Missing a boat can change a life.
John, or Jean, Claude Gerard, originally from France, made his way to Bowling Green, reunited with friends, built furniture and began a business that would last through generations and touch many of those who have lived in Bowling Green and the surrounding area.
John Claude, later known as “Boss,” arrived in Bowling Green in 1842. According to family records, John took passage on a steamboat that would take him from New Albany, Ind., to New Orleans. On a stop along the Barren River, John Claude decided to hunt the woods, and the steamboat left without him. Making the best of a not ideal situation, John Claude picked up his luggage—which is referred to simply as a “tool chest” in some records and “his possessions [were] tied up in an old apron” in other accounts—at the next port and went to work in Bowling Green as a furniture maker.
A cabinetmaker by trade, John Claude also built coffins. During the Civil War, the Gerard family built over 2,000 coffins for fallen soldiers and performed as many as 30 burials on a single day during the war. By 1870, he had moved his stock of coffins to College Street, then known as Summer Street, and began the John C. Gerard Undertaking Company. For many years, this was the only undertaker company in the area.
Documents from the Department of Library Special Collections at Western Kentucky University show that the average cost for an adult’s burial and coffin ranged from $20 to $30 in the late 1800s. Over the years, the Gerard business began to provide additional options including burial suits, gloves and slippers. By the late 1880s, Gerard was offering assistance for the bereaved family such as flowers, candles, grave linings and pallbearers’ wagons. The Gerard funeral company truly made funerals and burials a family affair, especially as the years passed. What else is to be expected when you have nine children?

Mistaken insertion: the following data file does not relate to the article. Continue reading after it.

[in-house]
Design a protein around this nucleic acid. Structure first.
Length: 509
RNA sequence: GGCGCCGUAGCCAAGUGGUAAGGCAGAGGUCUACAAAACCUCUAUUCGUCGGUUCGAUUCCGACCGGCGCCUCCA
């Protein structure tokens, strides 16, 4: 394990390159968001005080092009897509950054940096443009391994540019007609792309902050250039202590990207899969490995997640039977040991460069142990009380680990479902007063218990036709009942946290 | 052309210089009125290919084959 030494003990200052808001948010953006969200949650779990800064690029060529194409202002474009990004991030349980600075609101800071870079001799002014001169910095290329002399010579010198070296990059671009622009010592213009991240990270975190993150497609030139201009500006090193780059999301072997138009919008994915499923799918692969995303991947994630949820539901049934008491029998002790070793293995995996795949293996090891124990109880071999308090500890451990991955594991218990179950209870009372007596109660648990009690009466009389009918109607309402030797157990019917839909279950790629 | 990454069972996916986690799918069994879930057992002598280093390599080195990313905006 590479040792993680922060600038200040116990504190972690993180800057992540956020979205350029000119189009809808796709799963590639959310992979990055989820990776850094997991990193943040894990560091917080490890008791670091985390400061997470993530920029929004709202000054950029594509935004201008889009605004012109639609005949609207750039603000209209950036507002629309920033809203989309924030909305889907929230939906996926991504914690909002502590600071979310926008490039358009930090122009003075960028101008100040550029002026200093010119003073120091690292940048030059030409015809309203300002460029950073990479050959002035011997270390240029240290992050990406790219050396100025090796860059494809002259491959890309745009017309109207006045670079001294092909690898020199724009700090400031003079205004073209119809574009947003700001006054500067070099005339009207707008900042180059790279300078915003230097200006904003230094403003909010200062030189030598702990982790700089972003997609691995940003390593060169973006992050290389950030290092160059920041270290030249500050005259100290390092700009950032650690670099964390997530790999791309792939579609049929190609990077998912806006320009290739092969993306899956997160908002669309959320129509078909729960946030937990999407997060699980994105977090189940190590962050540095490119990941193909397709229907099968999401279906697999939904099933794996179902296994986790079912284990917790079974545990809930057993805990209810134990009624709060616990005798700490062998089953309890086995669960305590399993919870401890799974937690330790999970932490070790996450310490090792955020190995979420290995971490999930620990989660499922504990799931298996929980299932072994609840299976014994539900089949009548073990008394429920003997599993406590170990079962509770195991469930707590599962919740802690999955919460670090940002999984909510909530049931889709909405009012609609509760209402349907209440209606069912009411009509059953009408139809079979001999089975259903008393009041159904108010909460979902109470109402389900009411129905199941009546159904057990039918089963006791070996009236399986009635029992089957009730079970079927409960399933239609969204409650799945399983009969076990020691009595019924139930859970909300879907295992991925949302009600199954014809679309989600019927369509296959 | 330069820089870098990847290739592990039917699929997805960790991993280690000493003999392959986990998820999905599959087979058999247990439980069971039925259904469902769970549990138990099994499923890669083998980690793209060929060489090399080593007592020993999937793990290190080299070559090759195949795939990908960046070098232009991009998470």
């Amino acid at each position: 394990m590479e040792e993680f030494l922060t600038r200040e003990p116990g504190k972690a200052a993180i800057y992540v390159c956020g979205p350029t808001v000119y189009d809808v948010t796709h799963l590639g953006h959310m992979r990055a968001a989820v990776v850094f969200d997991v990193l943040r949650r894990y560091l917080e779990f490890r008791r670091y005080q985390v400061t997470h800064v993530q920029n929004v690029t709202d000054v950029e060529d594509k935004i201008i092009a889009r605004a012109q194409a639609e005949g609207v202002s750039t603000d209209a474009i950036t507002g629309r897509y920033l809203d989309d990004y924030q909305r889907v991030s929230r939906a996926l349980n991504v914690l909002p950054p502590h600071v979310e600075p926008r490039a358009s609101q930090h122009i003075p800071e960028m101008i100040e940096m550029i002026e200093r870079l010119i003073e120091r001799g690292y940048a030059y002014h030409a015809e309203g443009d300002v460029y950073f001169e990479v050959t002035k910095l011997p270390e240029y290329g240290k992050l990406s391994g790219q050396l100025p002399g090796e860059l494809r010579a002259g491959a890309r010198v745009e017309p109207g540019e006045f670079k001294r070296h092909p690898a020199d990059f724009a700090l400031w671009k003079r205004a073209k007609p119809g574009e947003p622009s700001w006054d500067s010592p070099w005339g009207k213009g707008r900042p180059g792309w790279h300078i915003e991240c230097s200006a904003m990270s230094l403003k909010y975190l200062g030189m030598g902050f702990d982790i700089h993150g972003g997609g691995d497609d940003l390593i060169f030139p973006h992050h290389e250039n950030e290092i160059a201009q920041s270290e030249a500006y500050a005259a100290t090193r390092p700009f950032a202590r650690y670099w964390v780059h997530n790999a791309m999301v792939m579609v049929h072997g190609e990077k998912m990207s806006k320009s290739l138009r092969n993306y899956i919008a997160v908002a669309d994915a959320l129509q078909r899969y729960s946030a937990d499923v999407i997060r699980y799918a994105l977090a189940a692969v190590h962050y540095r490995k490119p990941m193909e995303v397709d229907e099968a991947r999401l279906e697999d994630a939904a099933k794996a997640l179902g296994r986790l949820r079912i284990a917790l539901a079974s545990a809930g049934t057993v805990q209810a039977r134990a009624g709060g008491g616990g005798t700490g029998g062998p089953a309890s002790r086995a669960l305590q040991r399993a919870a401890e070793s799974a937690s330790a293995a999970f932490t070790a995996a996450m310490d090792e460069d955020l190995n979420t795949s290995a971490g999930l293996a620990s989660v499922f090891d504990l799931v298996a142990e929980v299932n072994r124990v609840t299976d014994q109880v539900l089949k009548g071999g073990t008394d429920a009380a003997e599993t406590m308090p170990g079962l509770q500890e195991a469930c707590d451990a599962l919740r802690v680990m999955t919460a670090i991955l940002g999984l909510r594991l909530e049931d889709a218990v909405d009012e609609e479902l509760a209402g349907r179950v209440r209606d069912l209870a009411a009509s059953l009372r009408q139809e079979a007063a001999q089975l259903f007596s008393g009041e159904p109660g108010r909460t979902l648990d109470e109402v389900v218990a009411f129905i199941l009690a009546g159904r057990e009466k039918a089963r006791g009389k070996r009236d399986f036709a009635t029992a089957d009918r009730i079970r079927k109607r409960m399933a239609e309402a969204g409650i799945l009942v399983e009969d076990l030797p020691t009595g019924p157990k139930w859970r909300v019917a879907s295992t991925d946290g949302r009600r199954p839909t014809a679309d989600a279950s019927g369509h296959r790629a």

The company changed names in 1893 to F.C. Gerard and Brother, Undertakers, as John Claude’s sons, Frank and Eugene, took over the business. It changed names again in 1897 as Frank’s son, John M. Gerard, joined the ranks. It became known as Gerard and Gerard. John Claude passed away in 1899 at the age of 83. In a number of obituaries, he is credited for helping turn Bowling Green into a city, as well as touching the lives of so many families. He was known as “the good old man” and credited with “every movement that would tend to help the community.”
In 1901, the business moved to the corner of 10th Avenue and College Street to a location “built especially for the business… in fact as perfect a building as could be arranged for their particular trade,” according to an issue of the Bowling Green Times-Journal and Warren County Courier Twentieth Anniversary issue.
The Gerard family continued to assist families and loved ones enduring some of the most difficult moments of their lives. Much like John Claude, his sons—and later, his grandchildren—were well-regarded and respected within the community. Eugene Gerard’s marriage announcement mentions him as being “one of our most efficient and successful young business man … and in every respect is a most worthy and highly respected young man.”
Around 1929, John Claude’s granddaughters Camilla Gerard and Pauline Gerard Bradley, along with her husband, Henry Bradley, Sr., took over operations. Camilla and Pauline had the honor of being the first women in the area to have mortician licenses. In 1953, the business moved to East 10th Avenue and was named the Gerard-Bradley Funeral Home. The business changed hands in 1989 to J.C. Kirby and Son Funeral Chapels.
The Gerard family helped the people of Bowling Green say their goodbyes to those they loved for over 100 years. When John Claude missed his boat and set up shop, he had no idea what legacy he would leave behind for his family, friends and the city of Bowling Green.
Western Kentucky University’s Department of Library Special Collections, located in the Kentucky Building and Museum, has a vast amount of archives on the Gerard family, including letters, photos, marriage licenses and scrapbooks, available for the public to view, both in-person and online. To learn more, visit wku.edu/library.
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